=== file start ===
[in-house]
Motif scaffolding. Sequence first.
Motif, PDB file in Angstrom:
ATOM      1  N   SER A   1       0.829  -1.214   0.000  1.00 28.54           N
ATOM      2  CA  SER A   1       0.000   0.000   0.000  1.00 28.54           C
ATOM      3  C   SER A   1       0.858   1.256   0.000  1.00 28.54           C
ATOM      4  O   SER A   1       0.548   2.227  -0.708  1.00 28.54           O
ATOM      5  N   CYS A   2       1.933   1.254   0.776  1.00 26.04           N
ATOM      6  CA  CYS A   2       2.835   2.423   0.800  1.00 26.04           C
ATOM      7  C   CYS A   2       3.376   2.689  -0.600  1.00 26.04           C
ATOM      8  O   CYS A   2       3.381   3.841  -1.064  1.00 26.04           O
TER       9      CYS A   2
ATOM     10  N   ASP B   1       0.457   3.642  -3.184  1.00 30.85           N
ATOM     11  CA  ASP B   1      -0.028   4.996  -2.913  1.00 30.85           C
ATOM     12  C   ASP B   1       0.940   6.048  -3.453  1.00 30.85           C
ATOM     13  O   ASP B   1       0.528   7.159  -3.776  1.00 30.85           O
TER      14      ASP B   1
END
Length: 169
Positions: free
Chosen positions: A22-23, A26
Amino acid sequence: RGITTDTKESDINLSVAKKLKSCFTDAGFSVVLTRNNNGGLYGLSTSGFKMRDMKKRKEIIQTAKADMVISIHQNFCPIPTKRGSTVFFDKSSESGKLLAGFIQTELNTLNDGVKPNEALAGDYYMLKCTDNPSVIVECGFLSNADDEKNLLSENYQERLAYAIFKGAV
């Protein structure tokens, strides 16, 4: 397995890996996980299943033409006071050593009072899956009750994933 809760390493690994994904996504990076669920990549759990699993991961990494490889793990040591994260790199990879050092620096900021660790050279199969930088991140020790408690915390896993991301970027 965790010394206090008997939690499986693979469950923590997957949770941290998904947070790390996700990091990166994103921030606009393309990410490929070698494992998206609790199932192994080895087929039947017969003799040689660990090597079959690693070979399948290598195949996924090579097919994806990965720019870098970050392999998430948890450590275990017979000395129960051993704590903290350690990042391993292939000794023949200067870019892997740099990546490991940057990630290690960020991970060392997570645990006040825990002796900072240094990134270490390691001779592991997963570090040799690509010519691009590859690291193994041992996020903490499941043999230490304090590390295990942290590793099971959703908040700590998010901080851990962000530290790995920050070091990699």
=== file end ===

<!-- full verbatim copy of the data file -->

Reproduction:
[in-house]
Motif scaffolding. Sequence first.
Motif, PDB file in Angstrom:
ATOM      1  N   SER A   1       0.829  -1.214   0.000  1.00 28.54           N
ATOM      2  CA  SER A   1       0.000   0.000   0.000  1.00 28.54           C
ATOM      3  C   SER A   1       0.858   1.256   0.000  1.00 28.54           C
ATOM      4  O   SER A   1       0.548   2.227  -0.708  1.00 28.54           O
ATOM      5  N   CYS A   2       1.933   1.254   0.776  1.00 26.04           N
ATOM      6  CA  CYS A   2       2.835   2.423   0.800  1.00 26.04           C
ATOM      7  C   CYS A   2       3.376   2.689  -0.600  1.00 26.04           C
ATOM      8  O   CYS A   2       3.381   3.841  -1.064  1.00 26.04           O
TER       9      CYS A   2
ATOM     10  N   ASP B   1       0.457   3.642  -3.184  1.00 30.85           N
ATOM     11  CA  ASP B   1      -0.028   4.996  -2.913  1.00 30.85           C
ATOM     12  C   ASP B   1       0.940   6.048  -3.453  1.00 30.85           C
ATOM     13  O   ASP B   1       0.528   7.159  -3.776  1.00 30.85           O
TER      14      ASP B   1
END
Length: 169
Positions: free
Chosen positions: A22-23, A26
Amino acid sequence: RGITTDTKESDINLSVAKKLKSCFTDAGFSVVLTRNNNGGLYGLSTSGFKMRDMKKRKEIIQTAKADMVISIHQNFCPIPTKRGSTVFFDKSSESGKLLAGFIQTELNTLNDGVKPNEALAGDYYMLKCTDNPSVIVECGFLSNADDEKNLLSENYQERLAYAIFKGAV
């Protein structure tokens, strides 16, 4: 397995890996996980299943033409006071050593009072899956009750994933 809760390493690994994904996504990076669920990549759990699993991961990494490889793990040591994260790199990879050092620096900021660790050279199969930088991140020790408690915390896993991301970027 965790010394206090008997939690499986693979469950923590997957949770941290998904947070790390996700990091990166994103921030606009393309990410490929070698494992998206609790199932192994080895087929039947017969003799040689660990090597079959690693070979399948290598195949996924090579097919994806990965720019870098970050392999998430948890450590275990017979000395129960051993704590903290350690990042391993292939000794023949200067870019892997740099990546490991940057990630290690960020991970060392997570645990006040825990002796900072240094990134270490390691001779592991997963570090040799690509010519691009590859690291193994041992996020903490499941043999230490304090590390295990942290590793099971959703908040700590998010901080851990962000530290790995920050070091990699």